But you do have plenty of things to show for it, enjoyment, fitness, team spirit. Remember there are normally something like 80 riders on a start line and only 1 can win.

    Riding club runs for a year isn’t all that long in the scheme of things. I still think at this time of year you’ll get better fitness gains from club runs as opposed to one hour crits. Focus your attention on starting to race in March.

    mrblobby
    Member

    but I’ve no idea how to explain why I having nothing to show for it.

    What dragon said. You have the enjoyment of riding and racing to show him (assuming you do actually enjoy it 😉 ). If you can instil that spirit into your kids then job done. It’s a bit of a cliche but the taking part and the enjoyment of it is the most important thing whatever level you race at.

    oldgit
    Member

    How old are you Kryton57?
    There was a post about giving changes a little longer, I tend to agree. Personally I give it a year, if it goes pear shape I change the following year.
    Also being happy to be a good average racer I don’t bother with any systems. plans or devices. If I do I adapt them to suit myself.
    I find just having the will power to really work when I am on my bike pays off, to the point of never wanting to sit on a wheel should it make life easier.
    You’ve done LVRC haven’t you? It’s not an easier option as many think. Ride in the 40 years and up and you’ll likely be racing a fair few 1st cats as there are no categories. The good thing is there are no points, so it’s racing for the sake of racing.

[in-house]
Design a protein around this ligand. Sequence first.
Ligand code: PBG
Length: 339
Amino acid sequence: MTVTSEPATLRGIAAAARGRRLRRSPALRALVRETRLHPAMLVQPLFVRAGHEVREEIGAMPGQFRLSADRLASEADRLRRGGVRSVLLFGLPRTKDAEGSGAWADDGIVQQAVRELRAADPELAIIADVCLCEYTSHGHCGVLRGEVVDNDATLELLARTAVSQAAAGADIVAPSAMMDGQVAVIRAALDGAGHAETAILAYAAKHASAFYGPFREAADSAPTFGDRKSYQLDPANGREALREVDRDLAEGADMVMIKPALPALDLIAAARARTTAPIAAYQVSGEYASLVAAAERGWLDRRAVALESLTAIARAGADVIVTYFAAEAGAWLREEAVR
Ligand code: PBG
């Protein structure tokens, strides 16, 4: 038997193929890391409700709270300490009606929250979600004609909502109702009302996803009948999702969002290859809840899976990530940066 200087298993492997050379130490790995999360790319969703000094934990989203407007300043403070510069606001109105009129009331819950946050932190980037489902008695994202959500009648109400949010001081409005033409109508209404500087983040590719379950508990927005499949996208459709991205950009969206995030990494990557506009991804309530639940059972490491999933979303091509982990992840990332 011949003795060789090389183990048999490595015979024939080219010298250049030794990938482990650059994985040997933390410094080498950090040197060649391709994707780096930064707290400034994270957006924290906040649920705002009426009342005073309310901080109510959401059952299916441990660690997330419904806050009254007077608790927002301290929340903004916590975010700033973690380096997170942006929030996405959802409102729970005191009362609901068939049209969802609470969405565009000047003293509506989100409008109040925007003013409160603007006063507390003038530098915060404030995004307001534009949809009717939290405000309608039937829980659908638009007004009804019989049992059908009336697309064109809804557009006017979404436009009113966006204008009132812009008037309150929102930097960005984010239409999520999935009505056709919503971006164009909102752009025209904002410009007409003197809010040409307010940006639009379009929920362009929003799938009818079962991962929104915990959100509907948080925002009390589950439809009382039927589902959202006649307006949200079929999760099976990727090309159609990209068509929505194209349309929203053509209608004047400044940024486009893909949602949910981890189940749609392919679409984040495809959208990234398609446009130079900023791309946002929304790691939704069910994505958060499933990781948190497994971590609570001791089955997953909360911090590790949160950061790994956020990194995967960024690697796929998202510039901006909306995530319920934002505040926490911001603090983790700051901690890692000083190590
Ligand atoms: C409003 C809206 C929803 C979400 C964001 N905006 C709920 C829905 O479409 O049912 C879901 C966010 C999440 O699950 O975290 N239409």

Premier Icon crazy-legs
    Subscriber

    forgive me and tell me to piss off but… that all seems rather excessive for a 2nd cat!

    I dunno, there’s quite a few 2nd Cats in the domestic pro scene now – riders on development programmes, riders coming up through the system, domestiques etc.

    I was in a similar situation 10-12 years ago – had a good sponsorship deal (frame plus trade on parts), doing loads of racing both road and MTB at a good level (lower end of 1st, upper end of 2nd) but as bikebouy says, the effort and sacrifice needed to stay there is considerable. I was working shifts at the time so had loads of time to train, ride and race but eventually I looked back on another season of trawling up and down the country to National Series MTB races, getting top 20 in Expert MTB or mid pack in E/1/2 road at best and just thought “why?”

    I mean, on the way up (Sport MTB and 3rd/2nd road), I’d won/placed a fair bit here and there but after a while the enjoyment just wasn’t there anymore.

    Now I’m back down at 3rd Cat, have nothing to prove anymore so I do about 5-6 races a year just for the fun of it. If it gets to the point where you’re chasing the number on a licence, when you’re “training” because you have to train rather than because you want to just ride, that’s the point to take a step back.

    That said though, racing is not all about fitness at all, it’s one of those skills that develops over time so don’t get too disheartened early on.